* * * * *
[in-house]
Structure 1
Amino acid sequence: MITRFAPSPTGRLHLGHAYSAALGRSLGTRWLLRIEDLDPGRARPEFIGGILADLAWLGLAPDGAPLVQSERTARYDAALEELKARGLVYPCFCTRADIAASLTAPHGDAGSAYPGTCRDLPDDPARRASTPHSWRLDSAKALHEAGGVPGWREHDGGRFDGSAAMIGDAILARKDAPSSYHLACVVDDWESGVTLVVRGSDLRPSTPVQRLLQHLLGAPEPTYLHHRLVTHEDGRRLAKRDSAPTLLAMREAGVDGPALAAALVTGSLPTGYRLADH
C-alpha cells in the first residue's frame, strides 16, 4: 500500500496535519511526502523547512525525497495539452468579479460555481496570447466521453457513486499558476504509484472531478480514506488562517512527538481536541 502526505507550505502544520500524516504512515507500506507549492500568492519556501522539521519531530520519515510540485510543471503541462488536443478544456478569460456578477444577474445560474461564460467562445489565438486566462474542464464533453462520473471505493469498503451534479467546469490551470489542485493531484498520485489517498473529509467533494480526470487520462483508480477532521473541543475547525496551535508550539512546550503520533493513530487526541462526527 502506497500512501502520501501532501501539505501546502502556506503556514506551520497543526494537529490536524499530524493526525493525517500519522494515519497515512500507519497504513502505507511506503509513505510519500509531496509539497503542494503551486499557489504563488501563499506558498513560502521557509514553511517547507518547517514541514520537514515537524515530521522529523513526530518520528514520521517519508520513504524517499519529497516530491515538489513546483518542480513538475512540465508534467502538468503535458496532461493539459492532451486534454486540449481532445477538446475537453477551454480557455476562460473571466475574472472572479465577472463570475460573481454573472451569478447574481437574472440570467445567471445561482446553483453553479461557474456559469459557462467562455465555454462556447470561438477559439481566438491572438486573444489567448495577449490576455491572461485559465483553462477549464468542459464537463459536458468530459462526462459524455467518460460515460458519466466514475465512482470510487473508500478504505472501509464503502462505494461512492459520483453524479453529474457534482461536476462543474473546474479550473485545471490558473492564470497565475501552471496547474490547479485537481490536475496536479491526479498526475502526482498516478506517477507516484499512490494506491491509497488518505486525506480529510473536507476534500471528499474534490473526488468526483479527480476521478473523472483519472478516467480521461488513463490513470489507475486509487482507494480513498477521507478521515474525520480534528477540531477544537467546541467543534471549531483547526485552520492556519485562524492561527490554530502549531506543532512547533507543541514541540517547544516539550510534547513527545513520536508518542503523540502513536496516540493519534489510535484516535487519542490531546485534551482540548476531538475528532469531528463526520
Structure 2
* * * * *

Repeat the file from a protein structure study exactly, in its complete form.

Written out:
[in-house]
Structure 1
Amino acid sequence: MITRFAPSPTGRLHLGHAYSAALGRSLGTRWLLRIEDLDPGRARPEFIGGILADLAWLGLAPDGAPLVQSERTARYDAALEELKARGLVYPCFCTRADIAASLTAPHGDAGSAYPGTCRDLPDDPARRASTPHSWRLDSAKALHEAGGVPGWREHDGGRFDGSAAMIGDAILARKDAPSSYHLACVVDDWESGVTLVVRGSDLRPSTPVQRLLQHLLGAPEPTYLHHRLVTHEDGRRLAKRDSAPTLLAMREAGVDGPALAAALVTGSLPTGYRLADH
C-alpha cells in the first residue's frame, strides 16, 4: 500500500496535519511526502523547512525525497495539452468579479460555481496570447466521453457513486499558476504509484472531478480514506488562517512527538481536541 502526505507550505502544520500524516504512515507500506507549492500568492519556501522539521519531530520519515510540485510543471503541462488536443478544456478569460456578477444577474445560474461564460467562445489565438486566462474542464464533453462520473471505493469498503451534479467546469490551470489542485493531484498520485489517498473529509467533494480526470487520462483508480477532521473541543475547525496551535508550539512546550503520533493513530487526541462526527 502506497500512501502520501501532501501539505501546502502556506503556514506551520497543526494537529490536524499530524493526525493525517500519522494515519497515512500507519497504513502505507511506503509513505510519500509531496509539497503542494503551486499557489504563488501563499506558498513560502521557509514553511517547507518547517514541514520537514515537524515530521522529523513526530518520528514520521517519508520513504524517499519529497516530491515538489513546483518542480513538475512540465508534467502538468503535458496532461493539459492532451486534454486540449481532445477538446475537453477551454480557455476562460473571466475574472472572479465577472463570475460573481454573472451569478447574481437574472440570467445567471445561482446553483453553479461557474456559469459557462467562455465555454462556447470561438477559439481566438491572438486573444489567448495577449490576455491572461485559465483553462477549464468542459464537463459536458468530459462526462459524455467518460460515460458519466466514475465512482470510487473508500478504505472501509464503502462505494461512492459520483453524479453529474457534482461536476462543474473546474479550473485545471490558473492564470497565475501552471496547474490547479485537481490536475496536479491526479498526475502526482498516478506517477507516484499512490494506491491509497488518505486525506480529510473536507476534500471528499474534490473526488468526483479527480476521478473523472483519472478516467480521461488513463490513470489507475486509487482507494480513498477521507478521515474525520480534528477540531477544537467546541467543534471549531483547526485552520492556519485562524492561527490554530502549531506543532512547533507543541514541540517547544516539550510534547513527545513520536508518542503523540502513536496516540493519534489510535484516535487519542490531546485534551482540548476531538475528532469531528463526520
Structure 2